Dark Horse Jordan Gelber

But while it's undoubtedly an interesting exercise in genre deconstruction, Solondz can't really make the film sing beyond that. The film's funny in fits and starts, but never really builds up a head of steam. And while Solondz has some compassion towards Abe, most of the rest of the characters aren't so lucky. Blair in particular, seems to be an attempt to turn the "pixie dream girl" archetype on its head (right down to a dog named "Dog"), but she isn't any better drawn than the equivalent part in, say, "(500) Days Of Summer." Aasif Mandvi hits his (very odd, in fairness) role at about twice the volume and pace of anyone else; Justin Bartha barely figures; Mia Farrow is sweet enough, but doesn't make much of an impact; and Christopher Walken is interestingly restrained, adhering to normal human punctuation for the first time in recent memory. But at the same time, hiring Walken to play an average suburban dad is kind of like hiring Jason Statham for a film where he doesn't punch someone in the face.

The acting honors definitely go to Broadway star Donna Murphy as Walken's secretary, and Abe's greatest supporter/enabler. Timid and mousy in the office, she gets to let loose with a fantasy version of her character, a ferocious, seductive femme fatale with some of the best lines in the film (to whit: "It's not cheating if you despise each other"). But therein lies the greatest stumbling block of the film. Much of the second half of the film involves some kind of fantasy of Abe's so that you lose your investment in events: if you're never quite clear if what's happening is, well, actually happening, it becomes hard to care, and despite some moments that could have been moving towards the finale, the film never gets out of those muddy waters.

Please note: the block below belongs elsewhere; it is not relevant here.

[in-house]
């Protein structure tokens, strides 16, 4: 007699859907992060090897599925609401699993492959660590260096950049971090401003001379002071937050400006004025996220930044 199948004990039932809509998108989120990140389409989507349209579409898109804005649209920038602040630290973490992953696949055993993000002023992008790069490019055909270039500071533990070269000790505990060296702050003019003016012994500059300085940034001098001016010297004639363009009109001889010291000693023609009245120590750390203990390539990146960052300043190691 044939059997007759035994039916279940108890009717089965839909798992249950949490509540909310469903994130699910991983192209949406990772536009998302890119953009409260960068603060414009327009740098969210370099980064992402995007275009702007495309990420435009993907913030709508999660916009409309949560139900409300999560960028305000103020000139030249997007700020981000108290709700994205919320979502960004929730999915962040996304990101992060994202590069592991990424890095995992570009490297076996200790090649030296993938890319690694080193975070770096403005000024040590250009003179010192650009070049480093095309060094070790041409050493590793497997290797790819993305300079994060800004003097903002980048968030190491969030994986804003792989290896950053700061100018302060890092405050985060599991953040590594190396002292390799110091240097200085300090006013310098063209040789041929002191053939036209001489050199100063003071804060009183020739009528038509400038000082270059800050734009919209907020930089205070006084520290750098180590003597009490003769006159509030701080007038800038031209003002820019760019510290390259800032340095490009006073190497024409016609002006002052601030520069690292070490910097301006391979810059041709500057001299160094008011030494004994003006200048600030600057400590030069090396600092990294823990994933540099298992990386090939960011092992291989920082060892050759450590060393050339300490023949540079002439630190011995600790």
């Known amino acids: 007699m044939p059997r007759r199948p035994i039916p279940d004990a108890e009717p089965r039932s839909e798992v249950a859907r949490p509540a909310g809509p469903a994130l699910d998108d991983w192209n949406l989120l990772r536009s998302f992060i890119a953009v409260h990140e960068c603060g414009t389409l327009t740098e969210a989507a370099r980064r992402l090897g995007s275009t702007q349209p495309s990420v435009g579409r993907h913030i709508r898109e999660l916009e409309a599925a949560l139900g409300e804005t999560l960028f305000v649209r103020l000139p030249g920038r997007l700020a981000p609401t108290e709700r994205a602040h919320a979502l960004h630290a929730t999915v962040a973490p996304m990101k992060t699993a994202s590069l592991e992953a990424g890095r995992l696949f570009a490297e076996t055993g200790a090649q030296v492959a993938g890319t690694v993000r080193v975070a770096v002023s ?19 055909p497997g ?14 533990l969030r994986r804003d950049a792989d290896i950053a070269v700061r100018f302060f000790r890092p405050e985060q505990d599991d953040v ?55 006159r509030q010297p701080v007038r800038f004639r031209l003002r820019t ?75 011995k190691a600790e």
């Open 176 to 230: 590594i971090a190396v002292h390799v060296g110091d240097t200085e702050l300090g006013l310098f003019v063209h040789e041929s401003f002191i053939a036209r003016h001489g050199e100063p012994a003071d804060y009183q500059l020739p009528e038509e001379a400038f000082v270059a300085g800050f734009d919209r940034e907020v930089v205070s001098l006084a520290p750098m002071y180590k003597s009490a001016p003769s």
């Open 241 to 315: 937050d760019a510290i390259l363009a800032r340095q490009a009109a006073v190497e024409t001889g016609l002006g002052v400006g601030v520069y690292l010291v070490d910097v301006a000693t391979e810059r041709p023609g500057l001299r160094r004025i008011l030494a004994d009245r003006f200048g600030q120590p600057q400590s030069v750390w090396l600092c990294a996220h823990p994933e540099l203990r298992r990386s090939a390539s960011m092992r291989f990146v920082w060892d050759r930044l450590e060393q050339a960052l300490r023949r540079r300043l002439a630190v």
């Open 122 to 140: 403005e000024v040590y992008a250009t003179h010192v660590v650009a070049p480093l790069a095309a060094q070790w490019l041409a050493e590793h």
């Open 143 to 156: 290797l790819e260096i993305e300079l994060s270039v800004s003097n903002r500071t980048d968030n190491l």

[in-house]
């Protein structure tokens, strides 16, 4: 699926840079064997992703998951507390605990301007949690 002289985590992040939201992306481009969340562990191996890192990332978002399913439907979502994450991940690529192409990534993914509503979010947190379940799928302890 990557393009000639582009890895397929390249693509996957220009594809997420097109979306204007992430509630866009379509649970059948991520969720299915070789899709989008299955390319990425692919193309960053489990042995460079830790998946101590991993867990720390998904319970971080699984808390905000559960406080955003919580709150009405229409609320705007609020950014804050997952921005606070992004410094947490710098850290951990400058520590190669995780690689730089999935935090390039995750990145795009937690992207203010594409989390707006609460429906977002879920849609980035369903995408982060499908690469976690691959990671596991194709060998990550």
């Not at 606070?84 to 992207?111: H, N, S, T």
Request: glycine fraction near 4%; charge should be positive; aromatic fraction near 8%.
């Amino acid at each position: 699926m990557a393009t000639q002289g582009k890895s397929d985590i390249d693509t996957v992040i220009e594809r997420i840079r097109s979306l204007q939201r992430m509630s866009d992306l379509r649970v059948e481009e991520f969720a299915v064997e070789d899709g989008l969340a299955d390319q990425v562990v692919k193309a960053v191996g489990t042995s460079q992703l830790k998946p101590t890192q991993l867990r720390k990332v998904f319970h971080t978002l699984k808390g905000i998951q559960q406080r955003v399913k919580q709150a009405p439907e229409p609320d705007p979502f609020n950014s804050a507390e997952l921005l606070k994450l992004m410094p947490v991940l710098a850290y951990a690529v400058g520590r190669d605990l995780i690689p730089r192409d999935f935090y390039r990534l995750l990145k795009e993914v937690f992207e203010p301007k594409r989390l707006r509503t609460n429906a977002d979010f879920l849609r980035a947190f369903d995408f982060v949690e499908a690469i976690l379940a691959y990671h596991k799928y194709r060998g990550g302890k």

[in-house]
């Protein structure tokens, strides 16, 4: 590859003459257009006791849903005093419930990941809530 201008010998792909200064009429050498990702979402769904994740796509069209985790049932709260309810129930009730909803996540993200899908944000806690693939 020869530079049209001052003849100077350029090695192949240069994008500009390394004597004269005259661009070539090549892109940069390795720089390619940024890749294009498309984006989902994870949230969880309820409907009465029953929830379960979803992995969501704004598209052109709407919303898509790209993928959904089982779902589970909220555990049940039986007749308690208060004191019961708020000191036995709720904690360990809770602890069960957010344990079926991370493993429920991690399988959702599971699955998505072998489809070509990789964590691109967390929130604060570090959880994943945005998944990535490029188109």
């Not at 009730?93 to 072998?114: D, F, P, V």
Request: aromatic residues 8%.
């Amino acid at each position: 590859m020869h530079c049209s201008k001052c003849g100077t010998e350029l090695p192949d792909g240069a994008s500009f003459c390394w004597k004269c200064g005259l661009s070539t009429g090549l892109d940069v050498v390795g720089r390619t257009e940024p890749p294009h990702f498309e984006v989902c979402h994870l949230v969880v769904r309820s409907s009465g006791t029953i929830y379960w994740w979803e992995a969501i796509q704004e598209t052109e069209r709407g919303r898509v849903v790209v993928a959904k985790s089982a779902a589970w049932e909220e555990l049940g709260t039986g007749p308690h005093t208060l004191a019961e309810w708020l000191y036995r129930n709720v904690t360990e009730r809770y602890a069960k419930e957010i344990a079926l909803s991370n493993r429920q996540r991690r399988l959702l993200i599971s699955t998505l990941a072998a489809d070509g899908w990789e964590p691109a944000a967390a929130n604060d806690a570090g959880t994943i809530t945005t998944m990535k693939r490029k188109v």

Technically, it's a mixed bag. Alex DiGerlando does a good job with the production design, and the music is mostly composed of obscure hit factory teen-pop, with both those elements helping to hammer home how ossified Abe has become. But the cinematography is deeply disappointing, considering it's from "Blue Valentine" lens-smith Andrij Parekh; we're increasingly convinced that obvious digital work like the kind used here is near-fatal to comedy, draining the warmth out of the image. There are things to recommend about "Dark Horse," and it's good to see Solondz challenging himself, at least. But it's a film to be admired rather than to be liked, and a long, long way from the director's best work. [C]

This is a reprint of our review from the Venice Film Festival.

This article is related to: Dark Horse, Review